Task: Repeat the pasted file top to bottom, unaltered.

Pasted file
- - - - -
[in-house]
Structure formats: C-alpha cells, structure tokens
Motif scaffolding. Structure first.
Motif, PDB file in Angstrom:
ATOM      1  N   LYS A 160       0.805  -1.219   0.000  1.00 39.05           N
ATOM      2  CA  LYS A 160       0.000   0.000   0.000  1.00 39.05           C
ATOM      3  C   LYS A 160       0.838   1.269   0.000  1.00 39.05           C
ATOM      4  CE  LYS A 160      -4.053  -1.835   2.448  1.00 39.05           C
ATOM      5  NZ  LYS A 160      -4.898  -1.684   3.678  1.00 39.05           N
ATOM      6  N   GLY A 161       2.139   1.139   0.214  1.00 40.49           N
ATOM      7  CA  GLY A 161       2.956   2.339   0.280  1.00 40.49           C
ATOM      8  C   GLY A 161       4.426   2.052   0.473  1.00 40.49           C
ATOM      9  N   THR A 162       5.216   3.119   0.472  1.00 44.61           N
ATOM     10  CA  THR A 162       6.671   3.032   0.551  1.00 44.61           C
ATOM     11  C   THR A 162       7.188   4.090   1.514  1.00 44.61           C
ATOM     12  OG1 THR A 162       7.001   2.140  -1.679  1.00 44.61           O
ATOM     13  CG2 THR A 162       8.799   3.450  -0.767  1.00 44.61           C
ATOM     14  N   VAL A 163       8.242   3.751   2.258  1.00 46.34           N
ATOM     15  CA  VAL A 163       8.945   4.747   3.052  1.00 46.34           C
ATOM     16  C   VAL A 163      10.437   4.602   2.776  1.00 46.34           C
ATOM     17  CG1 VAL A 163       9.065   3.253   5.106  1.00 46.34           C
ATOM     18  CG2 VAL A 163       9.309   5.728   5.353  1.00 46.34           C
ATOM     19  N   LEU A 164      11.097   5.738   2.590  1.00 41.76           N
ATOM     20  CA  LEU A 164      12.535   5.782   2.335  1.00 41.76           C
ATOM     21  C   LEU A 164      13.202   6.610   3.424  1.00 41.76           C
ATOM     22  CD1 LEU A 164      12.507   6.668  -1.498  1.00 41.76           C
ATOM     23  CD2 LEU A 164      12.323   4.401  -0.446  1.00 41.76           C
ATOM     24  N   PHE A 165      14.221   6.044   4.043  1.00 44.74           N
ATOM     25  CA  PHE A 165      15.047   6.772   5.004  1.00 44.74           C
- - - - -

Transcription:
[in-house]
Structure formats: C-alpha cells, structure tokens
Motif scaffolding. Structure first.
Motif, PDB file in Angstrom:
ATOM      1  N   LYS A 160       0.805  -1.219   0.000  1.00 39.05           N
ATOM      2  CA  LYS A 160       0.000   0.000   0.000  1.00 39.05           C
ATOM      3  C   LYS A 160       0.838   1.269   0.000  1.00 39.05           C
ATOM      4  CE  LYS A 160      -4.053  -1.835   2.448  1.00 39.05           C
ATOM      5  NZ  LYS A 160      -4.898  -1.684   3.678  1.00 39.05           N
ATOM      6  N   GLY A 161       2.139   1.139   0.214  1.00 40.49           N
ATOM      7  CA  GLY A 161       2.956   2.339   0.280  1.00 40.49           C
ATOM      8  C   GLY A 161       4.426   2.052   0.473  1.00 40.49           C
ATOM      9  N   THR A 162       5.216   3.119   0.472  1.00 44.61           N
ATOM     10  CA  THR A 162       6.671   3.032   0.551  1.00 44.61           C
ATOM     11  C   THR A 162       7.188   4.090   1.514  1.00 44.61           C
ATOM     12  OG1 THR A 162       7.001   2.140  -1.679  1.00 44.61           O
ATOM     13  CG2 THR A 162       8.799   3.450  -0.767  1.00 44.61           C
ATOM     14  N   VAL A 163       8.242   3.751   2.258  1.00 46.34           N
ATOM     15  CA  VAL A 163       8.945   4.747   3.052  1.00 46.34           C
ATOM     16  C   VAL A 163      10.437   4.602   2.776  1.00 46.34           C
ATOM     17  CG1 VAL A 163       9.065   3.253   5.106  1.00 46.34           C
ATOM     18  CG2 VAL A 163       9.309   5.728   5.353  1.00 46.34           C
ATOM     19  N   LEU A 164      11.097   5.738   2.590  1.00 41.76           N
ATOM     20  CA  LEU A 164      12.535   5.782   2.335  1.00 41.76           C
ATOM     21  C   LEU A 164      13.202   6.610   3.424  1.00 41.76           C
ATOM     22  CD1 LEU A 164      12.507   6.668  -1.498  1.00 41.76           C
ATOM     23  CD2 LEU A 164      12.323   4.401  -0.446  1.00 41.76           C
ATOM     24  N   PHE A 165      14.221   6.044   4.043  1.00 44.74           N
ATOM     25  CA  PHE A 165      15.047   6.772   5.004  1.00 44.74           C